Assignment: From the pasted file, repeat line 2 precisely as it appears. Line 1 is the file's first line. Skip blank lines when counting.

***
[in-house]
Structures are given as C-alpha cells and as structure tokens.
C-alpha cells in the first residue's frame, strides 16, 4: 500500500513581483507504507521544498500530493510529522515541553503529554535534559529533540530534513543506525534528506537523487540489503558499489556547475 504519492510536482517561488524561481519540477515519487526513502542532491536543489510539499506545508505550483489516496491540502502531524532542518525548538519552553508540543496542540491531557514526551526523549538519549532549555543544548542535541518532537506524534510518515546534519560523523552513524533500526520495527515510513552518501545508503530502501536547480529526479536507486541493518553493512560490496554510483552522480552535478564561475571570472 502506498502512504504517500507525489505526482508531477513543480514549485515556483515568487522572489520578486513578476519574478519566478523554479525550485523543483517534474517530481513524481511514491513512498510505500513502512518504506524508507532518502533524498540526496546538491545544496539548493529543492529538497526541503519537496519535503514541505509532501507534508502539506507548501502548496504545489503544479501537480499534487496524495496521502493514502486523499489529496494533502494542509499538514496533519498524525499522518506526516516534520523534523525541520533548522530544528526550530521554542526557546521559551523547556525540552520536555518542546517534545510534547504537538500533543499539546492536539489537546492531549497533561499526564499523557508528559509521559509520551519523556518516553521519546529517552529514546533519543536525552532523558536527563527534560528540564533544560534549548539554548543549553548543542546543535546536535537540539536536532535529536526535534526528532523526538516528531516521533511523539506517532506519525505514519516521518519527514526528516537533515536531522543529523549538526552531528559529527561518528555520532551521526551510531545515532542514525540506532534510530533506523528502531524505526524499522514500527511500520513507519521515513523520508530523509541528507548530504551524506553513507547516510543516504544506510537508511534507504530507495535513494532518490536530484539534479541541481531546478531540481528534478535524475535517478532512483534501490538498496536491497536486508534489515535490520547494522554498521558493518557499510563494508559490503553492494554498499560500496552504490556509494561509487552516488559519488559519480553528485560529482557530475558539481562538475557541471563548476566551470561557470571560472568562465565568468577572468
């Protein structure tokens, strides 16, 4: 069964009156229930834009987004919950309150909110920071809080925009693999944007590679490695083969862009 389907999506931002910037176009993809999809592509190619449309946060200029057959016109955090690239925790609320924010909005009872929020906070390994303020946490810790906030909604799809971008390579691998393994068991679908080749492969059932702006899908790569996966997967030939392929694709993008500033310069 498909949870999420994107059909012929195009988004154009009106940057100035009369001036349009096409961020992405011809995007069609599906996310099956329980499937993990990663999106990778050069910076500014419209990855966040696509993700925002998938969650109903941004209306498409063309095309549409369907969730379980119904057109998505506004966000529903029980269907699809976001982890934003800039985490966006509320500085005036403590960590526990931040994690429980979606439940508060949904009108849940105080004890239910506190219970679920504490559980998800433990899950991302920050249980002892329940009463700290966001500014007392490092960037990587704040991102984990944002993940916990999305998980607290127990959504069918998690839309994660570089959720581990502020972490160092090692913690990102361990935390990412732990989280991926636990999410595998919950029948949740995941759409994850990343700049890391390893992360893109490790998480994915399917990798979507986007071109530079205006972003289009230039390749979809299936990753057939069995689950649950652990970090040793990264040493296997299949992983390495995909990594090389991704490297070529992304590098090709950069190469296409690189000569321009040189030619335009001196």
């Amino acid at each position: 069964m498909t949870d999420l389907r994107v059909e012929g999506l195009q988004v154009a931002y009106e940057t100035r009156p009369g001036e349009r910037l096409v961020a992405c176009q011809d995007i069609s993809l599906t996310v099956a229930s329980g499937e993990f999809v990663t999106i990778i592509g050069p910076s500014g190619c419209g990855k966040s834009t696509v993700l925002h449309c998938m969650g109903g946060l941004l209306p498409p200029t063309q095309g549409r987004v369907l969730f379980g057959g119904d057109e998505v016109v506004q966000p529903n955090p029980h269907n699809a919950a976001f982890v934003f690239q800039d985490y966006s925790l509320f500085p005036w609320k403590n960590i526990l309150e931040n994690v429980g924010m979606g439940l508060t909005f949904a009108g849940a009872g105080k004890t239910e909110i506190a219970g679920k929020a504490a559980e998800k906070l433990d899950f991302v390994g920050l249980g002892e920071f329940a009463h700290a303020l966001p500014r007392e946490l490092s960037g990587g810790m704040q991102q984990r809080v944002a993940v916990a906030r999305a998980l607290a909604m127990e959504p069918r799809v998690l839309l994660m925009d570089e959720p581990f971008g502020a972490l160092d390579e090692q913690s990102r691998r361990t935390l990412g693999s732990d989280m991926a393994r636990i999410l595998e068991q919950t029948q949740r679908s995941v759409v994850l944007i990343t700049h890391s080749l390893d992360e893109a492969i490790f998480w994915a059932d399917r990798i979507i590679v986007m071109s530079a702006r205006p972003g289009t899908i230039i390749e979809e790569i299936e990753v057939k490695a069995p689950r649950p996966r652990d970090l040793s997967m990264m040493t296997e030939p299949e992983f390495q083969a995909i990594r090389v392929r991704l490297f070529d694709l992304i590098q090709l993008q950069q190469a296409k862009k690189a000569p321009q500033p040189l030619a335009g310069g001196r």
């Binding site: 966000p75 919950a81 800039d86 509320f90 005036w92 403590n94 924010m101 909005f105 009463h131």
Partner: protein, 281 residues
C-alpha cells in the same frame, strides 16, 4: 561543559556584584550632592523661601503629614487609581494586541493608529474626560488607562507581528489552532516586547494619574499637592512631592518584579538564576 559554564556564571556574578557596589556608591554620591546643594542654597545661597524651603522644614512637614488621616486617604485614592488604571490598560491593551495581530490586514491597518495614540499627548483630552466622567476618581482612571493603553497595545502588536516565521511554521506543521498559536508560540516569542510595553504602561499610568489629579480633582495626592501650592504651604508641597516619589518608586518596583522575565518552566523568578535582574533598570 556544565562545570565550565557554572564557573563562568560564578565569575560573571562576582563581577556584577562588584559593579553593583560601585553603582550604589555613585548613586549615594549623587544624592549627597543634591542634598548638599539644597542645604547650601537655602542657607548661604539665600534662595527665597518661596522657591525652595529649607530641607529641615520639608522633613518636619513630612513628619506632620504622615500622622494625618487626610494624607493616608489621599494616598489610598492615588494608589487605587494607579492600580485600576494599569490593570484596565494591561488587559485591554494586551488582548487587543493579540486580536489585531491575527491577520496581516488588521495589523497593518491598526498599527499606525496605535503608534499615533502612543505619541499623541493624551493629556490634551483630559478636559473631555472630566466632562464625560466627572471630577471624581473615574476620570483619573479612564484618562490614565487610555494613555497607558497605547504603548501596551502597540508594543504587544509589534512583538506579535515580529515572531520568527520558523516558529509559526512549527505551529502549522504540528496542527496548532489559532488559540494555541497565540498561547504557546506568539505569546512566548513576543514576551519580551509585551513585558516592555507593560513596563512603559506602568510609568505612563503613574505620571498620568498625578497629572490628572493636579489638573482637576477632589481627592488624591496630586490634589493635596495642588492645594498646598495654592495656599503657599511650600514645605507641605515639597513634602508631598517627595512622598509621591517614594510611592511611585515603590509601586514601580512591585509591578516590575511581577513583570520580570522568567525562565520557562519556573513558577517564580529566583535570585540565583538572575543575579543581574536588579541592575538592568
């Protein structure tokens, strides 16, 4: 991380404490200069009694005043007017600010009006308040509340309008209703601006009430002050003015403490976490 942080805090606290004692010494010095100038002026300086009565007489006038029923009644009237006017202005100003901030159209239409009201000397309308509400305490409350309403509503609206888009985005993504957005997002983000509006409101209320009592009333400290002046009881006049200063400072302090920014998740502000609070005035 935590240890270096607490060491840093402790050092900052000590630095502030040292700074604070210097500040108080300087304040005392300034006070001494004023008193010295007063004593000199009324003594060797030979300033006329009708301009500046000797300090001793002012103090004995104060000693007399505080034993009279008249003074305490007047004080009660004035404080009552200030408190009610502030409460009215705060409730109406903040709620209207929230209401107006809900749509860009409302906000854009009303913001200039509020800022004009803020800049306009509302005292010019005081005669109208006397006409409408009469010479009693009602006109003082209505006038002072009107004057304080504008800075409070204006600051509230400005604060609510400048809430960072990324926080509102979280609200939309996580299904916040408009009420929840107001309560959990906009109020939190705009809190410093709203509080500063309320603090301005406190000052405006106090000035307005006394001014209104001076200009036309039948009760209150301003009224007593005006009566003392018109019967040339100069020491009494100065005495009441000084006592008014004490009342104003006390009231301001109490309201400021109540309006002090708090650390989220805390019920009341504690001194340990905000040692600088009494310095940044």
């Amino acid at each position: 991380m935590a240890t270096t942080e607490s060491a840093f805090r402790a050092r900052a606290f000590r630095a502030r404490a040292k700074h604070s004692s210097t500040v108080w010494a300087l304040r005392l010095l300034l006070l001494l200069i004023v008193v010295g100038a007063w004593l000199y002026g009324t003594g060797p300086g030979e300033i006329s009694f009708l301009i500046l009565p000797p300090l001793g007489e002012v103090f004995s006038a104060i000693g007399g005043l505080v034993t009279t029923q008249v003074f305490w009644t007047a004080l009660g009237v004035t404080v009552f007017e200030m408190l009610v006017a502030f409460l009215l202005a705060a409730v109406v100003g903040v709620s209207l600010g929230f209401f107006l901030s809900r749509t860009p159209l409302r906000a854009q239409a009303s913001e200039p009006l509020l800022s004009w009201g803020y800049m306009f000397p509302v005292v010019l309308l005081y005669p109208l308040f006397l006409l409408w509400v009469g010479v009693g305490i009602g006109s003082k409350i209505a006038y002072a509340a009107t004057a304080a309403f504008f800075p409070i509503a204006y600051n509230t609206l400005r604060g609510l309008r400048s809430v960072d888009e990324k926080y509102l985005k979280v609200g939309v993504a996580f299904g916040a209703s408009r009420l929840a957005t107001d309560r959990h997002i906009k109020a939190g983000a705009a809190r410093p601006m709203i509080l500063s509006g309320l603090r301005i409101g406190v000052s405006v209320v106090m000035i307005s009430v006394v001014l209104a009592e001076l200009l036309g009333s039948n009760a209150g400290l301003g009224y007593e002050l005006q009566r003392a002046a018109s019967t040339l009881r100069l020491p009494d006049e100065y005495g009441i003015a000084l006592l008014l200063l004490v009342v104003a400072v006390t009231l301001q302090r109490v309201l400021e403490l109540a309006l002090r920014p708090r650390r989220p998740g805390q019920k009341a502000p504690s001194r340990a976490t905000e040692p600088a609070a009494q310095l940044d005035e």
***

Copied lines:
Structures are given as C-alpha cells and as structure tokens.